“Uh, looking for my birthday presents.” He pulled his legs out from under the bed and got to his feet. His fourteenth birthday was coming soon, so he used it to create a half-believable story. “But I didn’t find any gifts. Where did you hide them, Mom?”
Mom stepped inside, her eyebrows arched questioningly. “You’re kidding.”
“You were really under there looking for gifts?”
“Yeah. Sometimes the best place to hide something is right under a person’s nose. Like that old detective story about the letter. What’s the name of it?”
“ ‘The Purloined Letter,’ by Edgar Allan Poe.” A full-time freelance writer with a bunch of romance novels to her credit, Mom seemed to know the details of every story that had ever been written. She leaned against the doorway, arms crossed, head cocked sideways as she regarded him.
Although Jason felt strange admitting it, he clearly saw why everyone said his mother was beautiful. Linda Brooks was a petite woman, blessed with flawless mahogany skin, dark, curly hair, and large brown eyes. She was dressed for the season in a flower-patterned blouse, matching skirt, and sandals. He supposed he could understand why guys stared at her whenever she walked past, though it felt odd to think about his own mother as being pretty-especially considering all the dirty secrets he knew about her.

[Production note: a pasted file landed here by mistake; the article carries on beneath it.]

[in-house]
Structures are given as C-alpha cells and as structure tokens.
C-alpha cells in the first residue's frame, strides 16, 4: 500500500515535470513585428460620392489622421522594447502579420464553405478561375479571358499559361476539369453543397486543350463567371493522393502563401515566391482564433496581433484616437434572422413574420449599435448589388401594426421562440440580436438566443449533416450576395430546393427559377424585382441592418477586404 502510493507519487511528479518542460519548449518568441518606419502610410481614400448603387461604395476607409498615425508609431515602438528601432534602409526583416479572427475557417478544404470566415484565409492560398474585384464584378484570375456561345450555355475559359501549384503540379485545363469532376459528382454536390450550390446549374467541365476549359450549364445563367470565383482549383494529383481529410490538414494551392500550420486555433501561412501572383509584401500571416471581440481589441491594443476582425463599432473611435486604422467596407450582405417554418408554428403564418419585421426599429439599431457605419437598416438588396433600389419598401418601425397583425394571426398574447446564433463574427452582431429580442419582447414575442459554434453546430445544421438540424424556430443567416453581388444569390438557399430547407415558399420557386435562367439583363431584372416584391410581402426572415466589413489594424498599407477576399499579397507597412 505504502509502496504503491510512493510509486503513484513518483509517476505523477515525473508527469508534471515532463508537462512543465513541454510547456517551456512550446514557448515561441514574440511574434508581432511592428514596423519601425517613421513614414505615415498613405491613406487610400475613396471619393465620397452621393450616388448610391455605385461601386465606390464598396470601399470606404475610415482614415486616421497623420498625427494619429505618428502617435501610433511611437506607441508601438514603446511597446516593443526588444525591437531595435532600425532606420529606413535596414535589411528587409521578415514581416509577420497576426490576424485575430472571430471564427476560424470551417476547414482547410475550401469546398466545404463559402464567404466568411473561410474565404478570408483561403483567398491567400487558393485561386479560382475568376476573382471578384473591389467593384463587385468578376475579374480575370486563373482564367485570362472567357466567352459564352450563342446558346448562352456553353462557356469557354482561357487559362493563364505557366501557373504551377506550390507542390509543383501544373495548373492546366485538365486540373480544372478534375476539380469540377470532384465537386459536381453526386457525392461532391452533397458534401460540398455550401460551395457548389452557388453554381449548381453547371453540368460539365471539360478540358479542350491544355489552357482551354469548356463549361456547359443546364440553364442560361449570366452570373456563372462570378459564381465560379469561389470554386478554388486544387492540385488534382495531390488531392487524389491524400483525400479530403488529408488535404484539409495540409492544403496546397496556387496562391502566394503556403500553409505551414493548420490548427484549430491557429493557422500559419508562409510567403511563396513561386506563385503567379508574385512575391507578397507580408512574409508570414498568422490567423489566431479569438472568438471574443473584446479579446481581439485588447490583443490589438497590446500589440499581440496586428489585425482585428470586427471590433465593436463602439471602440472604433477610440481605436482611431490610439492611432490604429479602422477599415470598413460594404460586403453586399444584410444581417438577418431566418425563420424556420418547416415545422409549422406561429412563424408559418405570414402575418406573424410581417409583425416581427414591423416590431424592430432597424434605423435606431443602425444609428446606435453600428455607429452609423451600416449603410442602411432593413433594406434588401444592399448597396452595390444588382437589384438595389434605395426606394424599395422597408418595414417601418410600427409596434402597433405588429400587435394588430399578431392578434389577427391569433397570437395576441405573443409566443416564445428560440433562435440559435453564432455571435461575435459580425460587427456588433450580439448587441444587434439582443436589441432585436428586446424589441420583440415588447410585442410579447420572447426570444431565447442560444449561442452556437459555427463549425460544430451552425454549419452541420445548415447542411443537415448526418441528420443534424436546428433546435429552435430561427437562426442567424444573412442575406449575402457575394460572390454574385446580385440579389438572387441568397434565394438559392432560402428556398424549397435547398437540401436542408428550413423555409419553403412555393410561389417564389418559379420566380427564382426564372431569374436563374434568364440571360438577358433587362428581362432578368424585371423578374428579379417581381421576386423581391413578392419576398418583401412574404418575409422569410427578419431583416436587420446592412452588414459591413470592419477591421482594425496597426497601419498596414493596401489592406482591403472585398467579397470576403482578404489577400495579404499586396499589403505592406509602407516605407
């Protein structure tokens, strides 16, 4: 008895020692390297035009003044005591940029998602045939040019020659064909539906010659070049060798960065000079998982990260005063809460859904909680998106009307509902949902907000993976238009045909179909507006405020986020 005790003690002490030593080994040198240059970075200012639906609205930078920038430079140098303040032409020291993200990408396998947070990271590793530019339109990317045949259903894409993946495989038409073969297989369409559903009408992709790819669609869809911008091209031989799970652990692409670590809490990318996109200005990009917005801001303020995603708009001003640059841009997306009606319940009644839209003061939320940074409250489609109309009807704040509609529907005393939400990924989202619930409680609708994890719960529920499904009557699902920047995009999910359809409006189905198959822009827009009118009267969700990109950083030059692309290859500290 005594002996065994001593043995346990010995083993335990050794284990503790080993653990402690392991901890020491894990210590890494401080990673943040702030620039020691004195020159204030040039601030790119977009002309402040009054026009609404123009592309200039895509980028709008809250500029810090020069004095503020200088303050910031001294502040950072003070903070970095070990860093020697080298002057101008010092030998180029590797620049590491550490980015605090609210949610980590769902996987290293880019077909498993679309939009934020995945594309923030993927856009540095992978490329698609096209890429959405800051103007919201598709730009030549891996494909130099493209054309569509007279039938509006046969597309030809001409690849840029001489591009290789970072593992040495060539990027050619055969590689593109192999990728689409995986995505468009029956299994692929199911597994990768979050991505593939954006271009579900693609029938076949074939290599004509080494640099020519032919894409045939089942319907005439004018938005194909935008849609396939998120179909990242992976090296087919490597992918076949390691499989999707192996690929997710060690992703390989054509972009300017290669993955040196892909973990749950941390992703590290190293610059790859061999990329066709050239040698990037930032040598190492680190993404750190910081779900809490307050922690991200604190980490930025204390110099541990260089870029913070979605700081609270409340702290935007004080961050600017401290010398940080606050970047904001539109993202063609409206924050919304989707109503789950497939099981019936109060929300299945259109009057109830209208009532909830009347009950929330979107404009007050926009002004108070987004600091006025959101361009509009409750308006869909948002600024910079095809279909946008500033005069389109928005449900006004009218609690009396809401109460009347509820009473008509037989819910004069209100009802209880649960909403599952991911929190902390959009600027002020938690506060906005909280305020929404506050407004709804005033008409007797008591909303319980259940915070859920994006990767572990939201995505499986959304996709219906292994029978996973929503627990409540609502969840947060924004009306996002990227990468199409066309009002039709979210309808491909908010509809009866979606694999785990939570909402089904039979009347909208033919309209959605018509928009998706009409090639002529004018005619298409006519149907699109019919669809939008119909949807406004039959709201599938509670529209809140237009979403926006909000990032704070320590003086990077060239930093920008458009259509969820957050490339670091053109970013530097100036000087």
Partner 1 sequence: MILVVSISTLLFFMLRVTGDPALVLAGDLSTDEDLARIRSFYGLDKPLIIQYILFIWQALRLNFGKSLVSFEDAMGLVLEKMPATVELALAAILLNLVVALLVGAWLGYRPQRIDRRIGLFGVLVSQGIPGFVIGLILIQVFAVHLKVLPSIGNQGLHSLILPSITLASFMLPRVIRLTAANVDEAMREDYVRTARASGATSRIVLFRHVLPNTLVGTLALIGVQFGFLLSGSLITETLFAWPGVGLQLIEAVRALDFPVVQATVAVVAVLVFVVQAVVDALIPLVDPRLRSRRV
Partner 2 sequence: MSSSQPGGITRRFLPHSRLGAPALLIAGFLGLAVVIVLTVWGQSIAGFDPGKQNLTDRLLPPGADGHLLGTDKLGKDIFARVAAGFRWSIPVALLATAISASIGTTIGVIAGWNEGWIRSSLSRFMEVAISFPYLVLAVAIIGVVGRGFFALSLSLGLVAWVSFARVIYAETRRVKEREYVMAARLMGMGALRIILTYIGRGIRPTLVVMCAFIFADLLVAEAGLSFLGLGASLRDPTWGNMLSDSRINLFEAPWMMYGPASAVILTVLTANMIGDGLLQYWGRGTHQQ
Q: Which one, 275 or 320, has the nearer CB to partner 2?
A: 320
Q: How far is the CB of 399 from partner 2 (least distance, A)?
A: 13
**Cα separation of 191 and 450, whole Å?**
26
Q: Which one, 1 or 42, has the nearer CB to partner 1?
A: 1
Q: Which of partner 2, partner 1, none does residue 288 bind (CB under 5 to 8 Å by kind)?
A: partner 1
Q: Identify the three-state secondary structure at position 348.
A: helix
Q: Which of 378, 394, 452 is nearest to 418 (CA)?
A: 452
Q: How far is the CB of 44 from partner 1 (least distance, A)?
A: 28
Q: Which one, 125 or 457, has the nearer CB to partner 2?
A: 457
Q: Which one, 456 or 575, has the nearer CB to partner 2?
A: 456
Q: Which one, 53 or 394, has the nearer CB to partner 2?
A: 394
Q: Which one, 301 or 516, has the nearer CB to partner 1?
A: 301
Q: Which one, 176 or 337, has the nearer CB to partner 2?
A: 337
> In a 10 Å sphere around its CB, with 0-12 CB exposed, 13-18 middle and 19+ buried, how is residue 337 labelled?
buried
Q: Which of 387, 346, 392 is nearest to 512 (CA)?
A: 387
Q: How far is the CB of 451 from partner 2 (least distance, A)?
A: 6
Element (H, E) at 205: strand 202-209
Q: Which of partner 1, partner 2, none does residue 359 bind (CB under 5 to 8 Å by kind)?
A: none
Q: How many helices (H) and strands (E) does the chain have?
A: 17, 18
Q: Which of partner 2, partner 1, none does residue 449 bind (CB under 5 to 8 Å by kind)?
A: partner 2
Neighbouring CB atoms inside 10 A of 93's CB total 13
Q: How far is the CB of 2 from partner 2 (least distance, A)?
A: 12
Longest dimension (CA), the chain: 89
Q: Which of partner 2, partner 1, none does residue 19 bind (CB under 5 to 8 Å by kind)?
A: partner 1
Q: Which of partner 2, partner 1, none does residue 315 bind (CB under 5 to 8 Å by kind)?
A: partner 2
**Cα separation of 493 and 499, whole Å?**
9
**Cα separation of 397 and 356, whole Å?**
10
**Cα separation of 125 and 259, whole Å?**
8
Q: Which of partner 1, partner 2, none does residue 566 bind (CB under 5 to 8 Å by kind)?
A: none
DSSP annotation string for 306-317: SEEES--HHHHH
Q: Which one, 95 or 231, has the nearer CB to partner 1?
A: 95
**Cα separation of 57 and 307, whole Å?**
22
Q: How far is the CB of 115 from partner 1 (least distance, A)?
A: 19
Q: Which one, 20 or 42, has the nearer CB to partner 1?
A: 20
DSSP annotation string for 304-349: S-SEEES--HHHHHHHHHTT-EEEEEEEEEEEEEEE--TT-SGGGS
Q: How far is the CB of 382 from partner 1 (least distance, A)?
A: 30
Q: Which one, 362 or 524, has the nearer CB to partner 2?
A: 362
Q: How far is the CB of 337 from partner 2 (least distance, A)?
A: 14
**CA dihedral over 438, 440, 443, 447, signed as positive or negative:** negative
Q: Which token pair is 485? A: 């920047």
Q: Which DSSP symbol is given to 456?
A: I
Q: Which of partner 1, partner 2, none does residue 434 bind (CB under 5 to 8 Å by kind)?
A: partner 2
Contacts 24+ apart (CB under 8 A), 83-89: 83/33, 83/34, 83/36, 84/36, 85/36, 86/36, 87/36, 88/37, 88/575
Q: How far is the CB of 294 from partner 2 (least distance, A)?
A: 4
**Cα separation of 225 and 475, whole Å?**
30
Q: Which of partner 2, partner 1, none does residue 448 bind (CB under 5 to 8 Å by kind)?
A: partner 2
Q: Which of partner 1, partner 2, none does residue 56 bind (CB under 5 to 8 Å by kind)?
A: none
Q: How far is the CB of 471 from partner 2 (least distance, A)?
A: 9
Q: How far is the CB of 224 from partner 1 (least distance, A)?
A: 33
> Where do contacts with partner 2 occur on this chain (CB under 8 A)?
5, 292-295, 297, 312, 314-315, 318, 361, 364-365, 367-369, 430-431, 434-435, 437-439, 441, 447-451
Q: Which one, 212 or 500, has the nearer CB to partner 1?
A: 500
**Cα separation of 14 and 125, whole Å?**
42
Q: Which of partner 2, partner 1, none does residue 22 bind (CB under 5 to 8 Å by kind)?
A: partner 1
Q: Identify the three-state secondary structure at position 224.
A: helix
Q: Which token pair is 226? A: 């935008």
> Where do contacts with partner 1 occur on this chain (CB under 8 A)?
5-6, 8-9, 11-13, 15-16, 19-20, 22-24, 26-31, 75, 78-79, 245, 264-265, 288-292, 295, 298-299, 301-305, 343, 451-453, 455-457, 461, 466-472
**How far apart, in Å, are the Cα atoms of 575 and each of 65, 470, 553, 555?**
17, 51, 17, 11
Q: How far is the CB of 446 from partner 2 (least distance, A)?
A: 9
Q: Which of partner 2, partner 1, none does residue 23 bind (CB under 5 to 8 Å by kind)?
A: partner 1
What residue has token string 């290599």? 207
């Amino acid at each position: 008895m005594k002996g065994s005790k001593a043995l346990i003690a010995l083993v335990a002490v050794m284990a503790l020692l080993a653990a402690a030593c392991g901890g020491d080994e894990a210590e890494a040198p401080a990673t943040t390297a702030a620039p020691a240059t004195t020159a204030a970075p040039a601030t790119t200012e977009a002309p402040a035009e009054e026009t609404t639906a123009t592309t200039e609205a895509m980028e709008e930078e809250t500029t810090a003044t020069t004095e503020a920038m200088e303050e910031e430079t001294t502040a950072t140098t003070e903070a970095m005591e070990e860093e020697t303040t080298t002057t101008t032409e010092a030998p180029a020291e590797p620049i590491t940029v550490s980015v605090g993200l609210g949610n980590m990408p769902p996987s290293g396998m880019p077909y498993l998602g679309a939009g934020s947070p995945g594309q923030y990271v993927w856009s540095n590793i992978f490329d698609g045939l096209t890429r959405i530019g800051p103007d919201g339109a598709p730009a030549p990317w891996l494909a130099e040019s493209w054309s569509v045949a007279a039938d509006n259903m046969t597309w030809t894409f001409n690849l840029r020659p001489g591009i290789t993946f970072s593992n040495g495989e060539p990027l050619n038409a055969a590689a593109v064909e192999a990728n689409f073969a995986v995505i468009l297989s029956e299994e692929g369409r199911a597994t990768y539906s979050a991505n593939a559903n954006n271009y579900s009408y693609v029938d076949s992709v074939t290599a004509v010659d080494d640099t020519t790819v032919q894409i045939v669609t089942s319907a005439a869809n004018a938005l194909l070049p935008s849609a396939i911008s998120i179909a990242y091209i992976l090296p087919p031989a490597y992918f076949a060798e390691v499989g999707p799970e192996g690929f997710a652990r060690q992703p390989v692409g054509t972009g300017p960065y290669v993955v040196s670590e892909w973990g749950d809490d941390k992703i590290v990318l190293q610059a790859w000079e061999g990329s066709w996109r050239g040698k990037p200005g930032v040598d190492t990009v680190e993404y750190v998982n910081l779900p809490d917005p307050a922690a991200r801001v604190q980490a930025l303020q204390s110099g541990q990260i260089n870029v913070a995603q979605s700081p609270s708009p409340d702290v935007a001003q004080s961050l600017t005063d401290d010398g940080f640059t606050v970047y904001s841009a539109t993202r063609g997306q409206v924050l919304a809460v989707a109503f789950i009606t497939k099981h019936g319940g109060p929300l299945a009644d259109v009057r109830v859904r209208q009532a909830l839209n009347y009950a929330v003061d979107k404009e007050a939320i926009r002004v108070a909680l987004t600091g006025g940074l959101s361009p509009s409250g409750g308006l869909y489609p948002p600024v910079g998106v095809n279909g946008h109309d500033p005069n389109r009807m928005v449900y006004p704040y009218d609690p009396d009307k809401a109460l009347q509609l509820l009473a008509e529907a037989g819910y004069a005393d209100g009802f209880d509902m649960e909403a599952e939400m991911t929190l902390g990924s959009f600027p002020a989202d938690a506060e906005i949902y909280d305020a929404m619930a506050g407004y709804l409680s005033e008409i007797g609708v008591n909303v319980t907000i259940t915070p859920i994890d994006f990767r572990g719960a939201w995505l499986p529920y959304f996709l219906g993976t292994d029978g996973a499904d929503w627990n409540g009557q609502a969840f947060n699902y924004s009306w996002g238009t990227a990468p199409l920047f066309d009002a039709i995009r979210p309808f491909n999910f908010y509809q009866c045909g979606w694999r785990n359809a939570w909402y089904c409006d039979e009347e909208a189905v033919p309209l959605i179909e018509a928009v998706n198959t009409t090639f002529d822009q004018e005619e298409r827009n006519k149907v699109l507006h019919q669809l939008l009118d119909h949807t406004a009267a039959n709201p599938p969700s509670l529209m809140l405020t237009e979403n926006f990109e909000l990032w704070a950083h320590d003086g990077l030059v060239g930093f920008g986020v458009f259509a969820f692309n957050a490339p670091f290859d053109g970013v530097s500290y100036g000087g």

“I’m in the mood to do a little detective work myself,” Mom said. She tapped her lip. “Hmmm ... something tells me this has nothing to do with birthday presents. I’m thinking that you were actually sleeping under the bed.”
There was no way he was going to tell her about his nightmare. Sitting on the mattress, he scratched his head, acting dumbfounded by her suggestion.
“Why would I do something like that, Mom?”
“I don’t know. You tell me.”
“I can’t tell you anything. Because I didn’t do it.”
“Okay, I’m a mother, Jason. Ever heard of mother’s intuition? I feel as if you’re hiding something from me.”
“I feel as if you’re hiding something from me, too,” he said. “My birthday presents.”
She shook her head. “You’re something else.”
“Mom, I don’t know what you’re talking about. I told you the truth. Why don’t you believe me?”
“I’m only concerned about you. Is it wrong for a mom to be worried about her son?”
“It is if she’s only faking.”
Mom ran her fingers through her hair. She frowned.
“Let’s not go down that road, okay? I’m really not in the mood to argue with you.”
“Oh, I forgot. You won’t be in the mood to argue until you get drunk.”
“What are you saying? You know I don’t drink anymore.”
“I haven’t had a drink since March.”
“You could change.”
“I’m not going to fall back into those old habits. I mean it.”
“So? You’ve meant it before, then went right back to being a drunk.”
“Jason, I’m not denying that. I’ve made those mistakes plenty of times, and I’m ashamed to admit it. But I’ve changed, honey. I have a new set of priorities.”
“You’re going to try a new brand of whiskey?”